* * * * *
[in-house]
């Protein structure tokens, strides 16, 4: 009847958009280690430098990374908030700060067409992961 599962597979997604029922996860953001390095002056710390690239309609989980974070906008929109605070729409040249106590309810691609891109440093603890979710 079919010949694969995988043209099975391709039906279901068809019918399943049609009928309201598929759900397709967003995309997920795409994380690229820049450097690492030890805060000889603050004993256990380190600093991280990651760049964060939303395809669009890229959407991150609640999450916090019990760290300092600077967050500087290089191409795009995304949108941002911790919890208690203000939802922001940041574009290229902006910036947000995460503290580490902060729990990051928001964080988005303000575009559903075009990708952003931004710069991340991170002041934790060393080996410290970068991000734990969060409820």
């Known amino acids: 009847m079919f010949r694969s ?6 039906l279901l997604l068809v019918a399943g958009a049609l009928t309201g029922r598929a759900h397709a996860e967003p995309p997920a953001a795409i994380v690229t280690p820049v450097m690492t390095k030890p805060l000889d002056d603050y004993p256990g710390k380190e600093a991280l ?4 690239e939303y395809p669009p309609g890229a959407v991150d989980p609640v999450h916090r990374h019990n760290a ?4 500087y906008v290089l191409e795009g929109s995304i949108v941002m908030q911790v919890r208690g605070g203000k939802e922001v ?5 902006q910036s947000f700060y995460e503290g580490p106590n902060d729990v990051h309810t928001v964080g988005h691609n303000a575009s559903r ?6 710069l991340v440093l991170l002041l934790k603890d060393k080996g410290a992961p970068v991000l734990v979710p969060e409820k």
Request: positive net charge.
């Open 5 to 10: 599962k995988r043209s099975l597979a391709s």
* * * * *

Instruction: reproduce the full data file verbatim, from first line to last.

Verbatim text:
[in-house]
């Protein structure tokens, strides 16, 4: 009847958009280690430098990374908030700060067409992961 599962597979997604029922996860953001390095002056710390690239309609989980974070906008929109605070729409040249106590309810691609891109440093603890979710 079919010949694969995988043209099975391709039906279901068809019918399943049609009928309201598929759900397709967003995309997920795409994380690229820049450097690492030890805060000889603050004993256990380190600093991280990651760049964060939303395809669009890229959407991150609640999450916090019990760290300092600077967050500087290089191409795009995304949108941002911790919890208690203000939802922001940041574009290229902006910036947000995460503290580490902060729990990051928001964080988005303000575009559903075009990708952003931004710069991340991170002041934790060393080996410290970068991000734990969060409820």
């Known amino acids: 009847m079919f010949r694969s ?6 039906l279901l997604l068809v019918a399943g958009a049609l009928t309201g029922r598929a759900h397709a996860e967003p995309p997920a953001a795409i994380v690229t280690p820049v450097m690492t390095k030890p805060l000889d002056d603050y004993p256990g710390k380190e600093a991280l ?4 690239e939303y395809p669009p309609g890229a959407v991150d989980p609640v999450h916090r990374h019990n760290a ?4 500087y906008v290089l191409e795009g929109s995304i949108v941002m908030q911790v919890r208690g605070g203000k939802e922001v ?5 902006q910036s947000f700060y995460e503290g580490p106590n902060d729990v990051h309810t928001v964080g988005h691609n303000a575009s559903r ?6 710069l991340v440093l991170l002041l934790k603890d060393k080996g410290a992961p970068v991000l734990v979710p969060e409820k």
Request: positive net charge.
């Open 5 to 10: 599962k995988r043209s099975l597979a391709s």